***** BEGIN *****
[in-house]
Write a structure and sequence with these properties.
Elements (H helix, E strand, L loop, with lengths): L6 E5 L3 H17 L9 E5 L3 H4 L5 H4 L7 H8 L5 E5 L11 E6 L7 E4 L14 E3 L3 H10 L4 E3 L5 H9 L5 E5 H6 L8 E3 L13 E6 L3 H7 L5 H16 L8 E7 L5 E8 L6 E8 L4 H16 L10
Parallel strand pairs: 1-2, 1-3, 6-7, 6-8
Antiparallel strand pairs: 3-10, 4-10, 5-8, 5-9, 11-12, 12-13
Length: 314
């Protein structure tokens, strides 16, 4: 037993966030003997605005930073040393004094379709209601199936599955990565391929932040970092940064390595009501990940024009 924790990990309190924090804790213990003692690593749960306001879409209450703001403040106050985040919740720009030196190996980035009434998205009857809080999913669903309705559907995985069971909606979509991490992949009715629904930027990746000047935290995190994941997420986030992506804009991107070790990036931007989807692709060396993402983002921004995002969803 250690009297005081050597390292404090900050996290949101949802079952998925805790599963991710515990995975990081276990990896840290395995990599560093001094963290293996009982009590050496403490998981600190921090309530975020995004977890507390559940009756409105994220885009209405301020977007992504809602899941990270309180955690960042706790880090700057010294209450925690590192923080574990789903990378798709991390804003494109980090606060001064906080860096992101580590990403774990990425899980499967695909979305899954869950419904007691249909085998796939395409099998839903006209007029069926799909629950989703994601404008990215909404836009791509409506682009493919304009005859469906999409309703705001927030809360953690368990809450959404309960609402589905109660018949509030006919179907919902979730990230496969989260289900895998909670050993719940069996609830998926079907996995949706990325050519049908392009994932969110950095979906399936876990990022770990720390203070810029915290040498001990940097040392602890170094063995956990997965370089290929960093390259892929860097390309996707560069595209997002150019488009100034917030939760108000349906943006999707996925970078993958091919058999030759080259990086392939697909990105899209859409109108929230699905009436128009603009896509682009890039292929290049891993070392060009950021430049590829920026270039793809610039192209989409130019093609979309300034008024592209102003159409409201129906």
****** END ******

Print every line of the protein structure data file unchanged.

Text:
[in-house]
Write a structure and sequence with these properties.
Elements (H helix, E strand, L loop, with lengths): L6 E5 L3 H17 L9 E5 L3 H4 L5 H4 L7 H8 L5 E5 L11 E6 L7 E4 L14 E3 L3 H10 L4 E3 L5 H9 L5 E5 H6 L8 E3 L13 E6 L3 H7 L5 H16 L8 E7 L5 E8 L6 E8 L4 H16 L10
Parallel strand pairs: 1-2, 1-3, 6-7, 6-8
Antiparallel strand pairs: 3-10, 4-10, 5-8, 5-9, 11-12, 12-13
Length: 314
């Protein structure tokens, strides 16, 4: 037993966030003997605005930073040393004094379709209601199936599955990565391929932040970092940064390595009501990940024009 924790990990309190924090804790213990003692690593749960306001879409209450703001403040106050985040919740720009030196190996980035009434998205009857809080999913669903309705559907995985069971909606979509991490992949009715629904930027990746000047935290995190994941997420986030992506804009991107070790990036931007989807692709060396993402983002921004995002969803 250690009297005081050597390292404090900050996290949101949802079952998925805790599963991710515990995975990081276990990896840290395995990599560093001094963290293996009982009590050496403490998981600190921090309530975020995004977890507390559940009756409105994220885009209405301020977007992504809602899941990270309180955690960042706790880090700057010294209450925690590192923080574990789903990378798709991390804003494109980090606060001064906080860096992101580590990403774990990425899980499967695909979305899954869950419904007691249909085998796939395409099998839903006209007029069926799909629950989703994601404008990215909404836009791509409506682009493919304009005859469906999409309703705001927030809360953690368990809450959404309960609402589905109660018949509030006919179907919902979730990230496969989260289900895998909670050993719940069996609830998926079907996995949706990325050519049908392009994932969110950095979906399936876990990022770990720390203070810029915290040498001990940097040392602890170094063995956990997965370089290929960093390259892929860097390309996707560069595209997002150019488009100034917030939760108000349906943006999707996925970078993958091919058999030759080259990086392939697909990105899209859409109108929230699905009436128009603009896509682009890039292929290049891993070392060009950021430049590829920026270039793809610039192209989409130019093609979309300034008024592209102003159409409201129906």